In operation, the assembly 10 is secured by brackets 28 and 38 to the automotive engine in a location that will allow the pull cable 82 a straight pull on the fitting 26, and the position of the stop 83 is adjusted such that the cable 82 is taut when the engine throttle plate 18 is in its closed or hot idling position. When the engine is idling, the position of the retainer cup 96 is adjusted by rotating the valve 90 such that the tension of the spring 98 is just sufii-cient to maintain the valve section 92 engaged with the valve seat 88.
When the manifold vacuum increases within the manifold 12, as upon deceleration of the automotive engine, the internal pressure within the valve housing 36 will decrease, whereby the pressure (atmosphere pressure) within the chamber 116 will exceed the pressure within the valve housing 36 and the diaphragm 102 will be forced inwardly, thereby biasing the cup 96 inwardly and unseating the valve member 90.
As the valve 90 becomes unseated, the air within the diaphragm chamber 54 is transferred through the valve bore 86, the interior of the valve housing 36 and out through the tube 132 and vacuum line 130, thereby effecting a vacuum within the chamber 54. Atmospheric pressure, which is communicated to the outer (right) side of the diaphragm 56 through the bore 62 and the bleed holes 79, then biases the diaphragm 56 and the retainer plate inwardly against the resistance of the spring 76, thereby biasing the pull rod 64 inwardly through the guide 60 and effecting a corresponding inward movement of the pull cable 82. As the cable 82 moves toward the assembly 10, the lower end of the throttle arm 21 is rotated clockwise about the shaft 20 thereby opening or cracking the throttle plate 18, and thus limiting the manifold vacuum within the manifold 12. Experience has shown that a control device 10, properly designed in accordance with the principle of the present invention, will maintain the manifold vacuum at or below a level of approximately 22 inches Hg, thereby limiting the unburned hydrocarbon emission level to about 3000 parts/million or less.
When the automotive engine reaches an idling condition or begins to accelerate, the vacuum within the manifold 12 and the interior of the valve housing 36 is relieved, whereby the spring 98 biases the cup 96 to the left and reseats the valve 90. As the valve becomes seated, the vacuum within the chamber 54 is relieved by virtue of atmospheric air passing into the chamber 54 from the chamber 116 and the bores 122 and 124, and the retainer spring 76 biases the diaphragm retainer plate 70 and the diaphragm 56 outward (to the right) to the position illustrated in FIGURE 2. As the retainer plate 70 moves to the right, the pull rod 64 and the cable 82 are also moved to the right, whereby subsequent movement of the throttle plate 18 is controlled by normal manual throttle operation.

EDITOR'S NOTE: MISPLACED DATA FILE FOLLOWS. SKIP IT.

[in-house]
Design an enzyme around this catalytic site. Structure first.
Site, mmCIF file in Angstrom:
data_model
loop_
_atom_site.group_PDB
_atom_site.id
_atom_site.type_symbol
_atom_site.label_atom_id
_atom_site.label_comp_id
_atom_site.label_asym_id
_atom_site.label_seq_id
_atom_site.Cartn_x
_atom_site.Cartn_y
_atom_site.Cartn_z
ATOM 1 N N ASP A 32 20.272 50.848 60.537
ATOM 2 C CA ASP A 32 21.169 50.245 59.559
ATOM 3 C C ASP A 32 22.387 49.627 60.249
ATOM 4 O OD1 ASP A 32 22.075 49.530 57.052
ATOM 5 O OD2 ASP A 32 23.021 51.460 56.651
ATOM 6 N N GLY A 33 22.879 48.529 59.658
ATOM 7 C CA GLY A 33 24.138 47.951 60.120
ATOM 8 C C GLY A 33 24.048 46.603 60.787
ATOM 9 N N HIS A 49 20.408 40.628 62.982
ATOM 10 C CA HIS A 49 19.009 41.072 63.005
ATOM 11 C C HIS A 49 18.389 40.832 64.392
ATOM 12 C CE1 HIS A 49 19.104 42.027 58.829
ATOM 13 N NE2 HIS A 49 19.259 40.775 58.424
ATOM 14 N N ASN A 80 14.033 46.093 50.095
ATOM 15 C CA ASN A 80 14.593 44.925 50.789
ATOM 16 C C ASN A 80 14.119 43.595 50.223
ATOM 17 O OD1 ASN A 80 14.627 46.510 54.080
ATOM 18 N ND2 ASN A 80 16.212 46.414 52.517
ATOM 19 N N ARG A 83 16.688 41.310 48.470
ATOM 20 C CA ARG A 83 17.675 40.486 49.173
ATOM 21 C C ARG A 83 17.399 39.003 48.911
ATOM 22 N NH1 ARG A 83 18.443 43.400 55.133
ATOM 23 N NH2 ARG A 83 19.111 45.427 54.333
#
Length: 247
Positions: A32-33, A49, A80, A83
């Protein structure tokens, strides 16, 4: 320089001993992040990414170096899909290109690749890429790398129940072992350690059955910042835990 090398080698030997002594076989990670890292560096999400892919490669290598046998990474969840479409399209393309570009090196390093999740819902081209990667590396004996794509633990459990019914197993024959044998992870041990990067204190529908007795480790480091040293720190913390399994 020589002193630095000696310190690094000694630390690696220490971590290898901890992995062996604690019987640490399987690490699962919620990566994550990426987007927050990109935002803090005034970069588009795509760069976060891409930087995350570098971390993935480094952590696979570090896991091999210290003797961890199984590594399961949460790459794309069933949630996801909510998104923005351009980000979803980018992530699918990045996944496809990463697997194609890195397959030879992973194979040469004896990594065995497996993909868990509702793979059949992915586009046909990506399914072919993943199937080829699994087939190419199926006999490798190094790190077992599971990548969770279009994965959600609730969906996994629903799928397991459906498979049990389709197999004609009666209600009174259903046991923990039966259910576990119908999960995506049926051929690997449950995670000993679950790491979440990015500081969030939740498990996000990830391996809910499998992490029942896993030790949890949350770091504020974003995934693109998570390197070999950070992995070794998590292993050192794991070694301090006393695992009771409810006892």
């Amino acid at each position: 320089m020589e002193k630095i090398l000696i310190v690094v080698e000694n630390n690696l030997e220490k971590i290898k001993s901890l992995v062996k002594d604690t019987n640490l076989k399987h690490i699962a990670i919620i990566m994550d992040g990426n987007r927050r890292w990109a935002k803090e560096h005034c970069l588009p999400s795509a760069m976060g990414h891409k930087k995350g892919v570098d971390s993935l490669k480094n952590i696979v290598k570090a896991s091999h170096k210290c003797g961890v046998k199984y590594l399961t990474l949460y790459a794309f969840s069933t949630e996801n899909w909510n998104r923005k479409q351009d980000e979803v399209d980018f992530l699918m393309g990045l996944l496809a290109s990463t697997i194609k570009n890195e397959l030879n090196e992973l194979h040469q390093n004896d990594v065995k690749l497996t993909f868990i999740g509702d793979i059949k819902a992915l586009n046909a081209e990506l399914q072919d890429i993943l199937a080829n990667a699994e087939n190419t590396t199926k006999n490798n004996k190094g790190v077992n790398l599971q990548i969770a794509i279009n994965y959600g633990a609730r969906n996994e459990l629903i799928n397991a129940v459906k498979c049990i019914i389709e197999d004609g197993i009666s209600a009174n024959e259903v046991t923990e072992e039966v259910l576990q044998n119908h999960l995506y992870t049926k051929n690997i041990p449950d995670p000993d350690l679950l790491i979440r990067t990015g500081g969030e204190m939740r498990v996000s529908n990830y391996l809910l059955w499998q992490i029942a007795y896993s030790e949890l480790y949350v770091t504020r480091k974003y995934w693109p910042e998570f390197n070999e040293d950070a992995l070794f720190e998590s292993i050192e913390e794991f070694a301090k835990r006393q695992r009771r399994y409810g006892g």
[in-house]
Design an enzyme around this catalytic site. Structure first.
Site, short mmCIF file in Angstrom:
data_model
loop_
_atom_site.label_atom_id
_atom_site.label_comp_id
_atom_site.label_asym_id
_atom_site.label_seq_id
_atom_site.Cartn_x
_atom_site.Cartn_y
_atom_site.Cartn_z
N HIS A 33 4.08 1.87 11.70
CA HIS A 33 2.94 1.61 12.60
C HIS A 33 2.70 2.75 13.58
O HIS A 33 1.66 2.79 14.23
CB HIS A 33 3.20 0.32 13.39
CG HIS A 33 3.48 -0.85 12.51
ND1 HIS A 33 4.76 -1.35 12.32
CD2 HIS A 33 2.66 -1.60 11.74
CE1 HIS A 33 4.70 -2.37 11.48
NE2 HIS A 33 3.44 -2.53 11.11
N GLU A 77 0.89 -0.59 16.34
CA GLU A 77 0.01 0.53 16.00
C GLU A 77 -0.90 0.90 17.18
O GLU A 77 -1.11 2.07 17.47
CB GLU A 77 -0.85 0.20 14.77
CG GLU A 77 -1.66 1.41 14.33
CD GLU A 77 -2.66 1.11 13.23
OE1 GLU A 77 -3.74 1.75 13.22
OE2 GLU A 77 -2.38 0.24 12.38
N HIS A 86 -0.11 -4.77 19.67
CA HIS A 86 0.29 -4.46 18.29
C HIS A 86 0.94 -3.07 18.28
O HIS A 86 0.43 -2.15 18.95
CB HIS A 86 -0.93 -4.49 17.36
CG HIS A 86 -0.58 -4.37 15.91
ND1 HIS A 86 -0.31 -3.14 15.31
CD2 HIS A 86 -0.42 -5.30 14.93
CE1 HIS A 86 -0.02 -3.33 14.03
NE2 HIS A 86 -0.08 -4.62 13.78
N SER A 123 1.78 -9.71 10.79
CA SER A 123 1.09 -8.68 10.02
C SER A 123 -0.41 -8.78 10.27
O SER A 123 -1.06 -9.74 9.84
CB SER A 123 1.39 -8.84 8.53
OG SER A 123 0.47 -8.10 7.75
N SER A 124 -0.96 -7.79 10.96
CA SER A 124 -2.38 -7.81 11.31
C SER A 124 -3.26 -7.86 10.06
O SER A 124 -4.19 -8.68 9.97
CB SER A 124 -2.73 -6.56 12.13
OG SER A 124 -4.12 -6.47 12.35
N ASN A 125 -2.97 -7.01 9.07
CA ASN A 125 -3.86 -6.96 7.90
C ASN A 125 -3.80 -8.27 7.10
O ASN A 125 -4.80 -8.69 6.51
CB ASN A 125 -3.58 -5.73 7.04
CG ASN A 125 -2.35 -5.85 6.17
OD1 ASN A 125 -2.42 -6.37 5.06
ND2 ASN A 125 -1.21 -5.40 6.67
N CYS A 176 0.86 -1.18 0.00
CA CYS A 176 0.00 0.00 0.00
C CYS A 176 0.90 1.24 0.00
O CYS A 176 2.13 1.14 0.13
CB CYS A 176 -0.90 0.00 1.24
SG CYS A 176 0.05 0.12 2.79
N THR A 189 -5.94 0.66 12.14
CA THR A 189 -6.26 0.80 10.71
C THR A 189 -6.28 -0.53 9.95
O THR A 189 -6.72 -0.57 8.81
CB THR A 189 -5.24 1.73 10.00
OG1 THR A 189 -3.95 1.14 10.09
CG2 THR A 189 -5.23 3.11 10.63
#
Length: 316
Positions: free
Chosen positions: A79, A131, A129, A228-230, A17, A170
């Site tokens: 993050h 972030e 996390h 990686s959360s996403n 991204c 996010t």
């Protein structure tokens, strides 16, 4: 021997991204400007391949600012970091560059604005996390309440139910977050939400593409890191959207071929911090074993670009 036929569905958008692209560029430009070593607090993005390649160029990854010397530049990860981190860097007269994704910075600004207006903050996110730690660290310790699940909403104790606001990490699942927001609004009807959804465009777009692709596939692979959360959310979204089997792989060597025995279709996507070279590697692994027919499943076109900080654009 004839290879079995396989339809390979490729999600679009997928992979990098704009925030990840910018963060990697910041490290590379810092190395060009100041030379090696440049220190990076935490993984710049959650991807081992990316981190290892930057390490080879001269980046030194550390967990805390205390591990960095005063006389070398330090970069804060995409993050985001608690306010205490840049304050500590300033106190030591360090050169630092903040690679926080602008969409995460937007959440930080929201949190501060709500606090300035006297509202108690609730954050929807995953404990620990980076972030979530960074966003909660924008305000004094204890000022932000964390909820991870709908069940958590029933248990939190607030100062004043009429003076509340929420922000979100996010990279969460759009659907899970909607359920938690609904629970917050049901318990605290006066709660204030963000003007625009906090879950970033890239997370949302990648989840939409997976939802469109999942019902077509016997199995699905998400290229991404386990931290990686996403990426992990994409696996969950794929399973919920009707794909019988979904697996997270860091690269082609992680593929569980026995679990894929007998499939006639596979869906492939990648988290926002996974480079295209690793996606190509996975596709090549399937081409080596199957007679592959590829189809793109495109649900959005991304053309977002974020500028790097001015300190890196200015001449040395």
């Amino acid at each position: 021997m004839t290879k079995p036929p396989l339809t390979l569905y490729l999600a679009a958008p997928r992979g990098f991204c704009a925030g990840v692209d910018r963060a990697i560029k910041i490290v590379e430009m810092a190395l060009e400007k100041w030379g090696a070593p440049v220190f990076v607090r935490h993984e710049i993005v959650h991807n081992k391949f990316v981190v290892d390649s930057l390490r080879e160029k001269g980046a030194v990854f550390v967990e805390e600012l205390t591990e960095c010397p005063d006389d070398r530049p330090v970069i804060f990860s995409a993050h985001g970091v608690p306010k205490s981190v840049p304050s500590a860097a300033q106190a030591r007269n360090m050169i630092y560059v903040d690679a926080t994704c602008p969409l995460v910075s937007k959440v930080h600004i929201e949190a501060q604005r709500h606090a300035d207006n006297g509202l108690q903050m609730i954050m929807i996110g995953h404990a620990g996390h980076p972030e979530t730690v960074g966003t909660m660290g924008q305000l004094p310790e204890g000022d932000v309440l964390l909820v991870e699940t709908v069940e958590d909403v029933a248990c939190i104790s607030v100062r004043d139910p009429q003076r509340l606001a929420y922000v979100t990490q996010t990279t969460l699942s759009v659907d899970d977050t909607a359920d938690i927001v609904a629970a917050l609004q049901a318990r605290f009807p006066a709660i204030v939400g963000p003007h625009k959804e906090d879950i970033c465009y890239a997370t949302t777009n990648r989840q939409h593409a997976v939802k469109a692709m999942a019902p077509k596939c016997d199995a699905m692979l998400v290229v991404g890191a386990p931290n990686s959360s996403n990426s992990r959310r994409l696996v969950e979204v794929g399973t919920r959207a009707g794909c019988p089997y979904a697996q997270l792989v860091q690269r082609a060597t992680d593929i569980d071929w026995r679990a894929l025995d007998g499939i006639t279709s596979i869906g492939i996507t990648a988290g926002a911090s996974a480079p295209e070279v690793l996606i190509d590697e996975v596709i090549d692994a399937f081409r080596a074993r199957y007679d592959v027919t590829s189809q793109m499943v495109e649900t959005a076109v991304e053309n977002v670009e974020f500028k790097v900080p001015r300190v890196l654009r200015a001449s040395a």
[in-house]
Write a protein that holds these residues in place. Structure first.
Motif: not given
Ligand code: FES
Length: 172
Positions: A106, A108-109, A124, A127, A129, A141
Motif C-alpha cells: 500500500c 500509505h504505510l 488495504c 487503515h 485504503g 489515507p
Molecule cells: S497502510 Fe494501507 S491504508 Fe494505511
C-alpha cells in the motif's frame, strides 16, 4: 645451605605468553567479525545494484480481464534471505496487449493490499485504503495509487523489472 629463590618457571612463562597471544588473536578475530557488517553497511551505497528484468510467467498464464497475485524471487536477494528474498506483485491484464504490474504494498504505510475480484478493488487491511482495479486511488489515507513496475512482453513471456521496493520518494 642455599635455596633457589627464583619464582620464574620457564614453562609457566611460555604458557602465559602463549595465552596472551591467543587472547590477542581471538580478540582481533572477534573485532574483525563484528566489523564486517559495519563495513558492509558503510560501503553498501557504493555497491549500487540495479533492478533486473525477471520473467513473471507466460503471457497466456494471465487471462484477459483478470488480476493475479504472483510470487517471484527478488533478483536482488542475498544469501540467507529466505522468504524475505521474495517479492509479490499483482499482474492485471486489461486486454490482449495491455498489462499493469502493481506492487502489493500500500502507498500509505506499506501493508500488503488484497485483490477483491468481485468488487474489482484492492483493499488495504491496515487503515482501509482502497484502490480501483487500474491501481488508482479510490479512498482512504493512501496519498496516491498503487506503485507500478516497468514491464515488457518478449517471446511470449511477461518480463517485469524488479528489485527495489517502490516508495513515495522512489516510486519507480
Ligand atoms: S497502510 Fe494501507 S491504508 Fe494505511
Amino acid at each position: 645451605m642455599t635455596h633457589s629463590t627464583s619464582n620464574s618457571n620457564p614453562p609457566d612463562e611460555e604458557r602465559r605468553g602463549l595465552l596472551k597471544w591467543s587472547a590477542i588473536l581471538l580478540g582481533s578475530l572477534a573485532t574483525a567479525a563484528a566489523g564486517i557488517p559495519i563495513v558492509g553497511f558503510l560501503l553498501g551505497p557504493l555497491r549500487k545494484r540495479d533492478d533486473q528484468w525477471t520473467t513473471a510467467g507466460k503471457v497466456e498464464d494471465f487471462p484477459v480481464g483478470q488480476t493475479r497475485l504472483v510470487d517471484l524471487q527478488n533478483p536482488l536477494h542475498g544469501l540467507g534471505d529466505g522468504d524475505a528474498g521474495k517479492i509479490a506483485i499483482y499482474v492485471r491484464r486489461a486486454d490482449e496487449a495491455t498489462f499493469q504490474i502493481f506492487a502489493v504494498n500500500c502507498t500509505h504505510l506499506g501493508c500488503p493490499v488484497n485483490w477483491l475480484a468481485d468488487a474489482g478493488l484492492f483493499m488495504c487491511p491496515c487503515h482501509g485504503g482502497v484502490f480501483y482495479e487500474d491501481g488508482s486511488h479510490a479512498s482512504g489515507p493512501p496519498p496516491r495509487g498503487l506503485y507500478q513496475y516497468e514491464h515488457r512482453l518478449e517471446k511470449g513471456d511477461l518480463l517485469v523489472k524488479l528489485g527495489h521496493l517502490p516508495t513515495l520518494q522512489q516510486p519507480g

The manifold vacuum control device is designed to operate as an independent assembly in controlling the emission of unburned hydrocarbons during deceleration of the automotive engine with which it is associated. It has been found, however, that the control device 10 may be combined with an automotive exhaust system which includes an exhaust gas afterbu-rner or catalytic converter, whereby the control device 10 functions to effectively limit the amount of hydrocarbon emissions entering the converter, and thereby limit the load on the converter to prevent the over-he ating thereof.
While it will be apparent that the preferred embodiment herein illustrated is well calculated to fulfill the objects stated, it will be appreciated that the present invention is susceptible to modification, variation and change without departing from the proper scope or fair meaning of the subjoined claims.
What is claimed is: